Simmer slowly and gently for 1 hour. When the quince is tender and the liquid has turned rosy, remove from heat and strain out the cardamom pods. Store refridgerated in the cooking liquid for up to a week.

And last but certainly not least.... Happy World Go Vegan Week everyone!

Friday, October 23, 2009

Autumn Fruits

"Delicious autumn! My very soul is wedded to it,
and if I were a bird I would fly about the earth
seeking the successive autumns."
-- George Eliot

It's autumn in this part of the world, and while we've had to say farewell to the fruits of summer for another year...we have the autumn fruits to fill in their place.

The unassuming quince...dined upon by owls and pussy cats:

'Dear pig, are you willing to sell for one shilling
Your ring?'
Said the Piggy, 'I will.'
So they took it away, and were married next day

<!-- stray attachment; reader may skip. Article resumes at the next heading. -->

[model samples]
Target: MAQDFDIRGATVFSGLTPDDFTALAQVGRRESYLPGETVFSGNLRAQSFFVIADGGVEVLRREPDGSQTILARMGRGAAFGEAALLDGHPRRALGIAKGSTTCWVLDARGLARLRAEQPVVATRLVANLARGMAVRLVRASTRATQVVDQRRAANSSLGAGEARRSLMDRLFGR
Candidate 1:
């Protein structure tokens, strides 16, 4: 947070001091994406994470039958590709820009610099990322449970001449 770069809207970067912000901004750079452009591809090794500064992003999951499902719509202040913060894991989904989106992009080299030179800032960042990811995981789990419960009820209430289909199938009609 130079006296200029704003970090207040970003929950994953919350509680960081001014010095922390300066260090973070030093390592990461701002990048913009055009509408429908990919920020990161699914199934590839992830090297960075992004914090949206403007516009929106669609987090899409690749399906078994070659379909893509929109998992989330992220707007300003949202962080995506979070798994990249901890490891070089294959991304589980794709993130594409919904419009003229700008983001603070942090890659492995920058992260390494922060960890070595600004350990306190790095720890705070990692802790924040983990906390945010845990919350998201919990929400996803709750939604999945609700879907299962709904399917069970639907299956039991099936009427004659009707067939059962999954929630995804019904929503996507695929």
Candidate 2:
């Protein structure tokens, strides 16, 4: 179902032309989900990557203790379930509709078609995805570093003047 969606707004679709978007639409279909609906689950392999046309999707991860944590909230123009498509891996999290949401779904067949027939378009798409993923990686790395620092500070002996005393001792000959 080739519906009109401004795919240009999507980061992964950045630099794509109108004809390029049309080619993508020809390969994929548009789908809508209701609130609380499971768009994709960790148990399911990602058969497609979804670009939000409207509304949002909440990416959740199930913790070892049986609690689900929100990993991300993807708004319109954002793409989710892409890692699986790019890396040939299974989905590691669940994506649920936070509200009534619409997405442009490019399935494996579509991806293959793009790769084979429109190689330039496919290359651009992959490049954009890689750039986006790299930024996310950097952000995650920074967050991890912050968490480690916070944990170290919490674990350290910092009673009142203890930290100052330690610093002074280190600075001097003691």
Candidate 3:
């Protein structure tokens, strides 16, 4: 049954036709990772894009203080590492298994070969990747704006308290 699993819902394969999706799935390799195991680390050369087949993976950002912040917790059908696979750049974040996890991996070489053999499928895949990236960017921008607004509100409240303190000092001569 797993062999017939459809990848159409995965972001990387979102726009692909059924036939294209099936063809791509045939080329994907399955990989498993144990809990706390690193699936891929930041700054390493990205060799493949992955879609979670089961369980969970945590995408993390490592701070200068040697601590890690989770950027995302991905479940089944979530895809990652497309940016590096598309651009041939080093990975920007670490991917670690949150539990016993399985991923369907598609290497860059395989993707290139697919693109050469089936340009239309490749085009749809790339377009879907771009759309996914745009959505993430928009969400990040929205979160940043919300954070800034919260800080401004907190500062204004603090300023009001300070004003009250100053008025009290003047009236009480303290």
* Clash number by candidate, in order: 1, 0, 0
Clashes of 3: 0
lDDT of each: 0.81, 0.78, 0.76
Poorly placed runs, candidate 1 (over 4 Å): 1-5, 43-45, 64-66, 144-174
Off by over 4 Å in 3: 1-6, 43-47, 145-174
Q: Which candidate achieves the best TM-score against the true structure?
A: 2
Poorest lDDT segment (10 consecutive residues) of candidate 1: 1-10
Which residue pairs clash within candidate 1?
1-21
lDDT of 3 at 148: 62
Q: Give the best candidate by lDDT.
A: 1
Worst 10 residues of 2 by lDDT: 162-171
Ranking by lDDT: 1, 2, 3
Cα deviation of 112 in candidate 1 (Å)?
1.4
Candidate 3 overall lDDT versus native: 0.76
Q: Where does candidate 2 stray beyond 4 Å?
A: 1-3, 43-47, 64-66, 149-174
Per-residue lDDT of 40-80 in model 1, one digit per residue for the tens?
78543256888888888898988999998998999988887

By the Turkey who lives on the hill.
They dined on mince, and slices of quince,
Which they ate with a runcible spoon;
And hand in hand, on the edge of the sand,
They danced by the light of the moon,
The moon,
The moon,
They danced by the light of the moon.

--From The Owl and the Pussycat, by Edward Lear

The ancient pomegranate, apple of many seeds:

"Wilt thou be gone? it is not yet near day:
It was the nightingale, and not the lark,
That pierced the fearful hollow of thine ear;
Nightly she sings on yon pomegranate-tree"

--From Romeo and Juliet, by William Shakespeare

Persimmons, fruit of the gods:

"Some things never leave a person:
scent of the hair of one you love,
the texture of persimmons,
in your palm, the ripe weight."